London was a shell-shocked and sleep-deprived city on Friday evening, thanks to one of the biggest political shocks of all time. How welcome then that Bugsy Malone has just bounced into the Hammersmith Lyric, fresh from its critically acclaimed run last year and its multiple Olivier Award nominations.
Bugsy Malone is the tale of two half-witted street gangs, led by mob bosses Fat Sam and Dandy Dan, who are fighting over the dreaded “splurge gun”.
Meanwhile, nice guy Bugsy Malone falls for Blousey Brown, a singer at Fat Sam’s speakeasy. These plans are disrupted by the seductive songstress Tallulah, who wants Bugsy for herself.
I was never the greatest fan of the show or the film (despite some brilliant songs) – some of the jokes are fairly cornball and the gangsta schtik can wear quite thin. However, production is so joyous and entertaining that it made me see it in a very different light.
Sean Holmes’ direction is smart and shows impeccable attention to detail, drawing out every gag from the script and adding a few new ones as well to iron out some of the ropier sections. The introduction of a high power megamix at the end was also inspired and sent everyone out on a high.
The real spark behind this production is Drew McOnie’s blistering choreography. Even though the cast is probably the youngest around, this is the best devised and performed choreography I have seen all year (the only other contender, In the Heights, is another McOnie production).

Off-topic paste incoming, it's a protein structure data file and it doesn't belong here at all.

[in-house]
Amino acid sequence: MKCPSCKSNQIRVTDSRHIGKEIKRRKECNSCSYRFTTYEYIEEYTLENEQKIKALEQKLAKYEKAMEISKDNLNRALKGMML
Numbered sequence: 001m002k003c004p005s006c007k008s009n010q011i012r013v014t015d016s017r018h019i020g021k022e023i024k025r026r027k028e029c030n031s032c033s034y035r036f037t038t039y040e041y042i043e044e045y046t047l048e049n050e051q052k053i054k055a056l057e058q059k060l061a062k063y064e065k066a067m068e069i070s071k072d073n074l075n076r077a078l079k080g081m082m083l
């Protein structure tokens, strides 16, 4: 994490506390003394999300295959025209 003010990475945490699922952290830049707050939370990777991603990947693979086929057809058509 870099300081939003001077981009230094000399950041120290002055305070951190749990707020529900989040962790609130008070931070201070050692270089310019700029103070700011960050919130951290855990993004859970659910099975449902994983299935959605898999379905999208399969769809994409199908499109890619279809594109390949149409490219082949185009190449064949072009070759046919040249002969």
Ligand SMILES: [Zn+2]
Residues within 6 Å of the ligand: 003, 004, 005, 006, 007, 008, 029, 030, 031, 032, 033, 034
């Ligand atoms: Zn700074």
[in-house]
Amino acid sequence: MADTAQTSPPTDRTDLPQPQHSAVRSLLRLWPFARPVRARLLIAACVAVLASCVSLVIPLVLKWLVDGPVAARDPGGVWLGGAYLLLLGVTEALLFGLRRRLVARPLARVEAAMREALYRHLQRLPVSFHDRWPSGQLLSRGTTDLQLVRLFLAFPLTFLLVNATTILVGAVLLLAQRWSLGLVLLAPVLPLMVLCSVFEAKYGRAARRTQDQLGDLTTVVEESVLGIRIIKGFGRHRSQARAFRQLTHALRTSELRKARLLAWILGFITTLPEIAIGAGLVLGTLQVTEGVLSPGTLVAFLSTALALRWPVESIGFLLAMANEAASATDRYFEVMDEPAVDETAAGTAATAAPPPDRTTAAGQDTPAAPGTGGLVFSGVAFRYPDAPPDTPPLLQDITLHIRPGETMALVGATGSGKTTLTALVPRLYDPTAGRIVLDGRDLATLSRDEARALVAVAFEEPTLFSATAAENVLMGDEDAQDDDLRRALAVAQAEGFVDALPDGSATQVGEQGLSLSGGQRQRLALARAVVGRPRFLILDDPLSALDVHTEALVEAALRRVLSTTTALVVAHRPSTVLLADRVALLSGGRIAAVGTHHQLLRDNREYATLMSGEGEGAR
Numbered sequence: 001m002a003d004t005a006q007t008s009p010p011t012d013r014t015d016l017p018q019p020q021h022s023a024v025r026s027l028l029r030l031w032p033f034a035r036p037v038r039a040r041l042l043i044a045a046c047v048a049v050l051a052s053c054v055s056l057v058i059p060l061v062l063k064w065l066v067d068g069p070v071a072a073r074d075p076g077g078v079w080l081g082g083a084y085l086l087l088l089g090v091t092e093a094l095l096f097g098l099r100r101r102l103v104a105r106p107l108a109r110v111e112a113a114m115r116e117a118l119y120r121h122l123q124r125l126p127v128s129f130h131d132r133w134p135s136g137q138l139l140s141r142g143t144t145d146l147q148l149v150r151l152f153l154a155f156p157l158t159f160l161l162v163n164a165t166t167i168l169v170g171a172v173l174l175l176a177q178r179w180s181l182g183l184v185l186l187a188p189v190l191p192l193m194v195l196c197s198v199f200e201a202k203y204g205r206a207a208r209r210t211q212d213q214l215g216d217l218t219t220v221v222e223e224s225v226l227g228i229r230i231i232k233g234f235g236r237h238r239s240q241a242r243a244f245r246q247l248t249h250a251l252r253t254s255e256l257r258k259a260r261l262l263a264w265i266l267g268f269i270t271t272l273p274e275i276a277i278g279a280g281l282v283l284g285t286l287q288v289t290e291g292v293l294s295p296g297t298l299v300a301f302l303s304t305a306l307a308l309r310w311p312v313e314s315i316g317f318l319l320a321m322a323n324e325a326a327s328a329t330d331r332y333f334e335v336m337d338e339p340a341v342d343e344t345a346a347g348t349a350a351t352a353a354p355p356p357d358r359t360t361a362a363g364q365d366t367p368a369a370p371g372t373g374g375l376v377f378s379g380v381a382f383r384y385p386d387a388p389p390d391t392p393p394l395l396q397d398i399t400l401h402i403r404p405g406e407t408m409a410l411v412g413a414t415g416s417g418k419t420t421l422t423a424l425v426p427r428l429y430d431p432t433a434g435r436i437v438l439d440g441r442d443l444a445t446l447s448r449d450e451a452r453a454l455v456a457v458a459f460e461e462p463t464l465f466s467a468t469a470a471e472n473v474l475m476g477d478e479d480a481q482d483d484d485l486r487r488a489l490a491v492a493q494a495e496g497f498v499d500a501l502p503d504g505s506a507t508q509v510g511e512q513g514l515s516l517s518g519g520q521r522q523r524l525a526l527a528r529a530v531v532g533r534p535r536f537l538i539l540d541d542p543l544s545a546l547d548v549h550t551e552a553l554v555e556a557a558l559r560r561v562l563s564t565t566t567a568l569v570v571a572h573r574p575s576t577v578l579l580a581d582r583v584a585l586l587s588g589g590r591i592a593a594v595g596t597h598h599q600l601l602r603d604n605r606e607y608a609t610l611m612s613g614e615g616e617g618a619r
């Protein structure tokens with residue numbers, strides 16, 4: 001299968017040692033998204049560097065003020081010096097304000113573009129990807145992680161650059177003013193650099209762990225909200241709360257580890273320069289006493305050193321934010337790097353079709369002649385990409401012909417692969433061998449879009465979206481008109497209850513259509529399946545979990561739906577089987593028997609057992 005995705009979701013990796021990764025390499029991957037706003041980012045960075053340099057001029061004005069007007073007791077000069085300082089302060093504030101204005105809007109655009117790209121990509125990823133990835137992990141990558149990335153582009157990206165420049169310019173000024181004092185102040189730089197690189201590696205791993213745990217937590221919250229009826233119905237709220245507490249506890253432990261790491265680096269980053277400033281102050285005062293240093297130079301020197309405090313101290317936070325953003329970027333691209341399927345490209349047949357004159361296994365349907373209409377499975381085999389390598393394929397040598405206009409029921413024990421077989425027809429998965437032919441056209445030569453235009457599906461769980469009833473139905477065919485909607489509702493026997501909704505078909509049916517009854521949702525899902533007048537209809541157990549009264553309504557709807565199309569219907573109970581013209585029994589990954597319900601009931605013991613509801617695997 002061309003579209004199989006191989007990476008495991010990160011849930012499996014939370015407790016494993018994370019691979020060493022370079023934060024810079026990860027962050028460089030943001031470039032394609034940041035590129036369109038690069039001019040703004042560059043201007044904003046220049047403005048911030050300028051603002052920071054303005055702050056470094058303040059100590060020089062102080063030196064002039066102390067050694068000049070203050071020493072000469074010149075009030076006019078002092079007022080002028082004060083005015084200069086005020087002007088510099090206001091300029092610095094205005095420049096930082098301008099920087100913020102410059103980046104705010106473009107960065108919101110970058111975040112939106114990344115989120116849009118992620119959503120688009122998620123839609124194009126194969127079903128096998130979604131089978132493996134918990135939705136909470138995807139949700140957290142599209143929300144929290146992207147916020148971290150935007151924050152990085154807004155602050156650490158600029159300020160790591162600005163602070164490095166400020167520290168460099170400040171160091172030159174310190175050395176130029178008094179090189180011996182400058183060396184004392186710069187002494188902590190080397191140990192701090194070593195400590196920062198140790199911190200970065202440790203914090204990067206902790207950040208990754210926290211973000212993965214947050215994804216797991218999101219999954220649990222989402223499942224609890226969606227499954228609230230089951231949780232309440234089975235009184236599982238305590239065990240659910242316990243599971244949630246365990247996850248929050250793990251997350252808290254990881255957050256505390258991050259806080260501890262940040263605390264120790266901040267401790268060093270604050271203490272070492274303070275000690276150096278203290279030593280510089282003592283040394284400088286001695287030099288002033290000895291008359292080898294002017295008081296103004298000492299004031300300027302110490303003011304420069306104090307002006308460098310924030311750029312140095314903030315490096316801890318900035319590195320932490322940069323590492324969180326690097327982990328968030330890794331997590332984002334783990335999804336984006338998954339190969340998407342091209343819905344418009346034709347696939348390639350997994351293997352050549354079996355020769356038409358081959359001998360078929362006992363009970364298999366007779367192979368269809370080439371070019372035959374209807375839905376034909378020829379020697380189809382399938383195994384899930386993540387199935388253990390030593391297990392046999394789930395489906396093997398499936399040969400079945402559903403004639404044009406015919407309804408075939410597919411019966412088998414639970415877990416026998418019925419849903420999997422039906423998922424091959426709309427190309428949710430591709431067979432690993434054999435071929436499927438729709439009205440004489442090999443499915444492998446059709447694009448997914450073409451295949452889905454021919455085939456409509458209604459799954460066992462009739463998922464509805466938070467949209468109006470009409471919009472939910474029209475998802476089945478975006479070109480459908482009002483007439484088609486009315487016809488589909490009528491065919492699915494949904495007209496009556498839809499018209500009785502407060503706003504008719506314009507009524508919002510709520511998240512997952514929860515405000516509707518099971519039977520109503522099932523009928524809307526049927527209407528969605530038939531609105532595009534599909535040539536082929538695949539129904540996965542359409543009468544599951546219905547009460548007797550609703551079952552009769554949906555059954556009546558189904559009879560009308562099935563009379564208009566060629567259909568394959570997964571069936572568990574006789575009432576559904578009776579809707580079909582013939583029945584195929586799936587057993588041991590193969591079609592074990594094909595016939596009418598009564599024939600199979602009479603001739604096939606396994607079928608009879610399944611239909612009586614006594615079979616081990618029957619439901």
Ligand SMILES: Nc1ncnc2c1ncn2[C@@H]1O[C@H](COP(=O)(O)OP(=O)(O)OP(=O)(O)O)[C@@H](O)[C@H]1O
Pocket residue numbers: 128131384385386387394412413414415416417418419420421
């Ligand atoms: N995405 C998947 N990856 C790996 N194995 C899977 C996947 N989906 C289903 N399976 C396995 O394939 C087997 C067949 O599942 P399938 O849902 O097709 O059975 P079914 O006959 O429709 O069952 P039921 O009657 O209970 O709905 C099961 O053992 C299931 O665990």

Nearly all the songs are given superb extended dance sequences; such as graceful balletic dancing for Tomorrow and an exhausting physical display of modern dance during So You Wanna Be a Boxer. McOnie is one of the best around and his talent is brought to the fore by a highly talented ensemble.
It is difficult to pick out individuals but Elliot Aubrey’s soulful sweeper Fizzy, Max Gill’s hapless Fat Sam and Alesandro Bonelli’s pint sized Dandy Dan all hit the mark. Blousey and Tallulah are both strong female characters and Tabitha Knowles and Rhianna Dorris respectively both possess sumptuous voices to bring them to life.
Credit also must go to Jon Bausor’s slick set design and the colorful and vibrant costumes (uncredited) for creating an authentic slice of Prohibition America in the heart of Hammersmith.
This production of Bugsy Malone has been winning hearts wherever it goes, full of infectious enthusiasm and enjoyment. In what may be uncertain times it will please adults and kids alike – go and see it before it’s too late